When I recently got an email from a WoodyTone reader – let’s call him Mike because…that’s his real name – I was stoked because I like light strings.
I played 10s for years, then went to 9s after getting back into the whole EVH tone quest. With 9s I noticed that the notes “opened up,” like there was more “space” around each note in chords, rather than these fat notes all competing for your ears’ attention. Guess I could say I found the guitar more expressive.
Ed played 8s and 9s back in the day. For some reason I still haven’t checked out the 8s, but Mike did, and not because of Ed but because of Jimmy Page. Here’s what he said about his experience trying to get closer to Jimmy’s, uh, wood:
The [string gauge] change came about because I like the feel of 9s on my Les Paul, and I wanted my Strat and Tele to feel the same way. So I bought the Ernie Ball 8s [Extra Slinky] – the guitar store had them in stock and they were cheap, which makes me feel like everyone else already knows this but me.
I put 8s on all three guitars – the Strat and the Tele loosened up, but still didn’t quite feel the same as the Les Paul – and I did play each one before and after the string swap because I wanted to have a good baseline for what the 9s sounded like.
The first thing I noticed is that if you play a 4-6 note chord, there’s a texture, or a note separation, that the 9s didn’t have. Its very much like Jimmy’s 90′s guitar tone, its got that same texture. Not the greatest example but:
The second thing you notice is the strings are much easier to bend (duh), but this gives you way more control over all the little nuances…Yngwie Malmsteen says something similar about scalloped fret boards.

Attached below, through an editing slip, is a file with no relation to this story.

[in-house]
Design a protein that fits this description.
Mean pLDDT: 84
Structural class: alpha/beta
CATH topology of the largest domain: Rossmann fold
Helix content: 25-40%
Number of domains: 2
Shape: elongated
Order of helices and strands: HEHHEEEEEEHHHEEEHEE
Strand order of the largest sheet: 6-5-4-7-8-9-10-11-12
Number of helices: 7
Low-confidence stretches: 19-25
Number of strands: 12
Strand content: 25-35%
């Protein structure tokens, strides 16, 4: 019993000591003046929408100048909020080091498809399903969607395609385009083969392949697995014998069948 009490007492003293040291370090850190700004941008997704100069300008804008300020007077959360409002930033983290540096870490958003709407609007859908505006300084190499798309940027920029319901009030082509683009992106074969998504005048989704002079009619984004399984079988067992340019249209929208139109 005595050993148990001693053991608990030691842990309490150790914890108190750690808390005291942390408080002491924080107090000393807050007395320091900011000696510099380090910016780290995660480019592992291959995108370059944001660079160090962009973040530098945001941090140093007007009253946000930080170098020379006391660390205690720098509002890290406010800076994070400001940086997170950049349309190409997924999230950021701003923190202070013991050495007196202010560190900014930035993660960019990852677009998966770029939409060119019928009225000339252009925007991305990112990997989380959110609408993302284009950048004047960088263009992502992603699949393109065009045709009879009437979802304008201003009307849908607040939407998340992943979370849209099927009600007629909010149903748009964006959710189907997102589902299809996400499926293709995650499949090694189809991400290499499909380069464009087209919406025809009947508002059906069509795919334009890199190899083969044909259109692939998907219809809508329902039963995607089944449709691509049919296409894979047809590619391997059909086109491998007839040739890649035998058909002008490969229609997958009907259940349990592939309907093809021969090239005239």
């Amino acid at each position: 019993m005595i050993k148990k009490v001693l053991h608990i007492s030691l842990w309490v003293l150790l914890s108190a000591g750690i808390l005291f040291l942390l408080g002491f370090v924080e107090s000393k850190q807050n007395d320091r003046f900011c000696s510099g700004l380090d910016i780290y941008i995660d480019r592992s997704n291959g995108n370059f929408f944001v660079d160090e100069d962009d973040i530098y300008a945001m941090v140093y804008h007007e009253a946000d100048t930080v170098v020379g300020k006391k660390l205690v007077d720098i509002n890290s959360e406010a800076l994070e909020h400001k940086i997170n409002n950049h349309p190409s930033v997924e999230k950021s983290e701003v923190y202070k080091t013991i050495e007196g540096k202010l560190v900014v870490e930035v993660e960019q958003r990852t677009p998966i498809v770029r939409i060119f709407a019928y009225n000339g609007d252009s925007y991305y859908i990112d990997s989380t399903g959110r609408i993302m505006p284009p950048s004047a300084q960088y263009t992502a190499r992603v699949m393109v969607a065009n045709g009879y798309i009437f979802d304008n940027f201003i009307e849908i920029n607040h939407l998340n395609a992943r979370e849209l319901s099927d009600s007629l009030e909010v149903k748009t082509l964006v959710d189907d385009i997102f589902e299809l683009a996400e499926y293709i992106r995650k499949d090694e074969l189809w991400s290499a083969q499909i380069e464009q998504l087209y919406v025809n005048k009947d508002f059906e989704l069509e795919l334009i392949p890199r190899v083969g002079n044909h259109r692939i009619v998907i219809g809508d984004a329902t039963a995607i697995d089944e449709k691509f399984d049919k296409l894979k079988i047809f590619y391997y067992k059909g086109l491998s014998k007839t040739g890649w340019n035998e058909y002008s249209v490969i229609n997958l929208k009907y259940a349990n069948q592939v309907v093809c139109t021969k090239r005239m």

You DO have lots of control. You can bend a string, add vibrato and release – you can vibrato chords! You can do those big EVH bends. The downside is that if you get excited everything is sharp, but that’s part of the Jimmy Page vibe….
The things I thought might change didn’t: Sustain, volume and overall tone are about the same as before. Except for the texture/note separation, I doubt the string change would be noticeable to a listener.
The [Page] amp setting is a bit dark, but with the now relatively bigger pick [relative to the lighter strings] you have a lot of control over the sound coming out of the speaker. In my case the amp is the weak part of the setup, but in a small room my [Roland] Cube 30 has made the 5150 obsolete (small amp, small room, another topic). I have no presence knob, so I’m a little off of the 9,5,3, EQ, but it’s in the ballpark. Volume is fairly loud, and on the clean side.
To sum up, the results were interesting, almost the opposite of what I was expecting. I think I actually sound less like Jimmy and more like me, and certainly the guitars are easier to play in some ways but more demanding in others. My playing is not any faster, although I think generally it’s easier to make the right notes and chords.
It is certainly more demanding because it puts a lot more control over what comes out of the speakers in your hands, which is great!
That’s all he wrote. Interesting to think that lower/lighter string gauges may help some of us express ourselves better, with the rest of the setup – notably a good amp – pounding out the wood.
Mike, thanks much for sharing these tonealicious tidbits.
Yep, 8s are now on my list…you?